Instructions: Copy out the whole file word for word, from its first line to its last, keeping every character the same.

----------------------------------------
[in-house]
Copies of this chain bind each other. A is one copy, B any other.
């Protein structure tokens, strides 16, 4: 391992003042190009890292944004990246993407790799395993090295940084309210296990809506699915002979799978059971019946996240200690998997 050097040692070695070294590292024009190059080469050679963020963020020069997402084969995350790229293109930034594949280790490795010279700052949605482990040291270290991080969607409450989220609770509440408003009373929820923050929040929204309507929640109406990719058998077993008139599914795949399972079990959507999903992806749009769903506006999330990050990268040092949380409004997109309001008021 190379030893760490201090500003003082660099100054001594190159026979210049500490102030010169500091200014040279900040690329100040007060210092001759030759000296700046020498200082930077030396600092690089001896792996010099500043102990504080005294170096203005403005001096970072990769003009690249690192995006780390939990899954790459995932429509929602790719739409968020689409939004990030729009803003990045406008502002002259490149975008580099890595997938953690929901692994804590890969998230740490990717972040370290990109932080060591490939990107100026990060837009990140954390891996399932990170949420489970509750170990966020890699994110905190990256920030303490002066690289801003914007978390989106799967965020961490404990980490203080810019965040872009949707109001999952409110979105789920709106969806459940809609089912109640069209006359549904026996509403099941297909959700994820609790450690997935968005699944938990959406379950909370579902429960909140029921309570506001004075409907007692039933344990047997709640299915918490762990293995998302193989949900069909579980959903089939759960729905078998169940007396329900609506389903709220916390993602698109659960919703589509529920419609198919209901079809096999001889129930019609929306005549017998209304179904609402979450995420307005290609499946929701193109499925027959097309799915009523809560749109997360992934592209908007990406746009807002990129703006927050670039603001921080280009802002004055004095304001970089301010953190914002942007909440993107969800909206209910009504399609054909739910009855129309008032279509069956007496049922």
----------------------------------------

[in-house]
Copies of this chain bind each other. A is one copy, B any other.
């Protein structure tokens, strides 16, 4: 391992003042190009890292944004990246993407790799395993090295940084309210296990809506699915002979799978059971019946996240200690998997 050097040692070695070294590292024009190059080469050679963020963020020069997402084969995350790229293109930034594949280790490795010279700052949605482990040291270290991080969607409450989220609770509440408003009373929820923050929040929204309507929640109406990719058998077993008139599914795949399972079990959507999903992806749009769903506006999330990050990268040092949380409004997109309001008021 190379030893760490201090500003003082660099100054001594190159026979210049500490102030010169500091200014040279900040690329100040007060210092001759030759000296700046020498200082930077030396600092690089001896792996010099500043102990504080005294170096203005403005001096970072990769003009690249690192995006780390939990899954790459995932429509929602790719739409968020689409939004990030729009803003990045406008502002002259490149975008580099890595997938953690929901692994804590890969998230740490990717972040370290990109932080060591490939990107100026990060837009990140954390891996399932990170949420489970509750170990966020890699994110905190990256920030303490002066690289801003914007978390989106799967965020961490404990980490203080810019965040872009949707109001999952409110979105789920709106969806459940809609089912109640069209006359549904026996509403099941297909959700994820609790450690997935968005699944938990959406379950909370579902429960909140029921309570506001004075409907007692039933344990047997709640299915918490762990293995998302193989949900069909579980959903089939759960729905078998169940007396329900609506389903709220916390993602698109659960919703589509529920419609198919209901079809096999001889129930019609929306005549017998209304179904609402979450995420307005290609499946929701193109499925027959097309799915009523809560749109997360992934592209908007990406746009807002990129703006927050670039603001921080280009802002004055004095304001970089301010953190914002942007909440993107969800909206209910009504399609054909739910009855129309008032279509069956007496049922």